I’ll be sharing about some of my food experiences in Taiwan in this 5 part series. It will mostly reflect our most recent trip (Oct 25- Nov 8), but will also talk about some places I went to on my second trip by myself, back in 2011. I didn’t capture all of the places we went to, but I did my best! We spent time in Taipei, Gaohsiung, Hualien, Yilan, then back to Taipei. I’ll post in order of where we went.
Don’t worry- recipes will still be posted!
If you are traveling to Taiwan with USD, you will feel rich. Note that T and I prefer mom and pop, no frills places, with some exceptions for fancier places. Taiwan is like a culinary mecca, so I know there are thousands of restaurants and food stands we missed. It would probably take a lifetime to explore them all, and have enough stomach to try everything! Do you have a favorite place to eat in Taiwan?
阜杭豆漿 fu hang dou jiang
Hua Shan Market, 2F
We attempted to go here for Taiwanese breakfast (soy milk, fried dough, flaky pastries, egg pancakes, and the like), but as you can see, even at 7 something on a Sunday morning, it is packed.
National Soldiers’ Hotel (Taipei Hero House)
No.20, Changsha St Sec 1, Taipei
Overall comments: Updated 2015- They did away with the egg station, which made me sad. Then, the quality of food went down. There is still a large selection of hot foods to choose from, but the food is not seasoned well (bland), and some items, like congee, that should be hot, were only lukewarm. At first, I thought they were having an off day, but after going again the next day, our whole family decided that it was just not good anymore.
I love how the Taiwanese cook. They understand how to prepare non-oily tasty foods that don’t rely on loads of meat for lots of flavor. Most of the dishes are vegetable-centric, but you would be amiss in thinking that you will not be able to get stuffed on the grub here. Be prepared to bus your own plate and fork after you finish eating. I assume this is how they keep costs down. There are a variety of hot foods here, along with soymilk, red bean soup, 1-2 varieties of in season fruit, and toast, for the American. Beware, unadventurous eaters! This is for the locals. Favorites:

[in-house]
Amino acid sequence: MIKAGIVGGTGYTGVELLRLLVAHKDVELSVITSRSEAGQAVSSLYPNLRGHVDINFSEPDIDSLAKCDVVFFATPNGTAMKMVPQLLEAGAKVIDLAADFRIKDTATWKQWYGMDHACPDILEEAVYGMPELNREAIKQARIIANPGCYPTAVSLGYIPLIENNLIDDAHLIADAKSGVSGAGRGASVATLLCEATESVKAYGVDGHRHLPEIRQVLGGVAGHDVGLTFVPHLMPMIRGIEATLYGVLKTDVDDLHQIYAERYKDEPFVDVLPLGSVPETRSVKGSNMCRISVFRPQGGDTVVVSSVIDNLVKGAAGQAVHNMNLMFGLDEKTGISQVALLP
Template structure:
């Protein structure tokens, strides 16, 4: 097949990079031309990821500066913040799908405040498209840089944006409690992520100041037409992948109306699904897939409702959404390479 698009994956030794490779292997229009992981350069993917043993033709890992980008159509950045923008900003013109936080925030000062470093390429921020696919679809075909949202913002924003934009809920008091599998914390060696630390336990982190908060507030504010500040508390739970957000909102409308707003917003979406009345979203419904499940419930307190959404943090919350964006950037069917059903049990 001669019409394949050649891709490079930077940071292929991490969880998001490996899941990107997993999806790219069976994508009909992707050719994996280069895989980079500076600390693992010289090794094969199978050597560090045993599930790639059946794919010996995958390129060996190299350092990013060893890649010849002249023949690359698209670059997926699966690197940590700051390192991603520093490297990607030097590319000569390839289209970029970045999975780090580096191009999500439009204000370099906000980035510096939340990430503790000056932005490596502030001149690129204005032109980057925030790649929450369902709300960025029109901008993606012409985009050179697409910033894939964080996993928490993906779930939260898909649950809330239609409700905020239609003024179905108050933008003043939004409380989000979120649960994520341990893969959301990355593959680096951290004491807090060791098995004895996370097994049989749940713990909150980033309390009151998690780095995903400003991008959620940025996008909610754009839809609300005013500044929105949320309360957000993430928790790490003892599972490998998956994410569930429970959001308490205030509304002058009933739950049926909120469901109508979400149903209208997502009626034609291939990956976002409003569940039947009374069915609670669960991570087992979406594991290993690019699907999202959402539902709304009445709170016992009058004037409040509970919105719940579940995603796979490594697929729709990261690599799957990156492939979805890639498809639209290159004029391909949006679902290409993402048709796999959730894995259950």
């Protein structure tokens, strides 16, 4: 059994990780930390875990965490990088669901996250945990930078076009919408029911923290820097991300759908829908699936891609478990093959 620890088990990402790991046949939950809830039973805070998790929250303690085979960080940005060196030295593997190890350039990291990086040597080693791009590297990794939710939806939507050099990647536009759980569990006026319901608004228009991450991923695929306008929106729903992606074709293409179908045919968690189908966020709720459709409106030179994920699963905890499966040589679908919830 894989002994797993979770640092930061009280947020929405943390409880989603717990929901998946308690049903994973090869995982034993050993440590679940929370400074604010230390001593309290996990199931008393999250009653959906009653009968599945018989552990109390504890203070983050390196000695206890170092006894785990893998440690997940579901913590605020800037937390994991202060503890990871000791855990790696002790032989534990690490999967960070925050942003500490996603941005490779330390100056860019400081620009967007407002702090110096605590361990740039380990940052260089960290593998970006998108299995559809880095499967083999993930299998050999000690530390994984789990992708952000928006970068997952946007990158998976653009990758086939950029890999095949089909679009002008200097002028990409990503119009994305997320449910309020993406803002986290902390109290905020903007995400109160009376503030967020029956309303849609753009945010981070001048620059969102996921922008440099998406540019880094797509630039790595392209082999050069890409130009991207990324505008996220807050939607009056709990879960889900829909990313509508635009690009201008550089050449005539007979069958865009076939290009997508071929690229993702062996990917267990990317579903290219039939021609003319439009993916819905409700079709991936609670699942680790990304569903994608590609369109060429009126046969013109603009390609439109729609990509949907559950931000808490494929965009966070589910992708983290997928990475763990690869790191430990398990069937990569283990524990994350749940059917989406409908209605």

-Egg station- choose from a fried or scrambled eggs, or scrambled eggs with salted radish! Yummy.
-Hot foods- YUM! So many choices- it’s almost like having dinner for breakfast 🙂
Breeze Taipei Main Station
How to get there: MRT Red line- Taipei Main Station 台北車站
Overall comments: You know how in or near most train stations, airports, and malls, the only food offerings are either 1) meh 2) overpriced or 3) both? Think again. At Taipei Main Station, not only can you catch the HSR (High Speed Rail 高鐵), TSR (Taiwan Railways 台鐵), buses, and subways, but you can and should come here to dine. When you walk into the ground floor of the train station, you see food everyone- everything from custards sold in eggshells, to Japanese style cheesecake and American-inspired cupcakes. Breeze Station Gourmet Heaven, as they call it, is located on the second floor, and it is a big maze of food and more food.
Go upstairs and find stall after stall of food, sorted by food type, including but not limited to: beef noodle soups, ramen, curries, international (non-Taiwan) foods, as well as bakeries and other specialty shops. If you came with a friend or friends, that’s great news for you. My proposed strategy is to dedicate one person to sit and reserve a table (if it’s crowded that day, which it was when we went on a Sunday), then send others to grab different items from different sections. Share and taste the different cuisines!
Update 2015- The food areas have expanded to include even more cuisines! If you find yourself missing American food or just want some toast and eggs, you can stop by Aunt Stella’s to get coffee and breakfast. You can also get Ippudo if you want some ramen.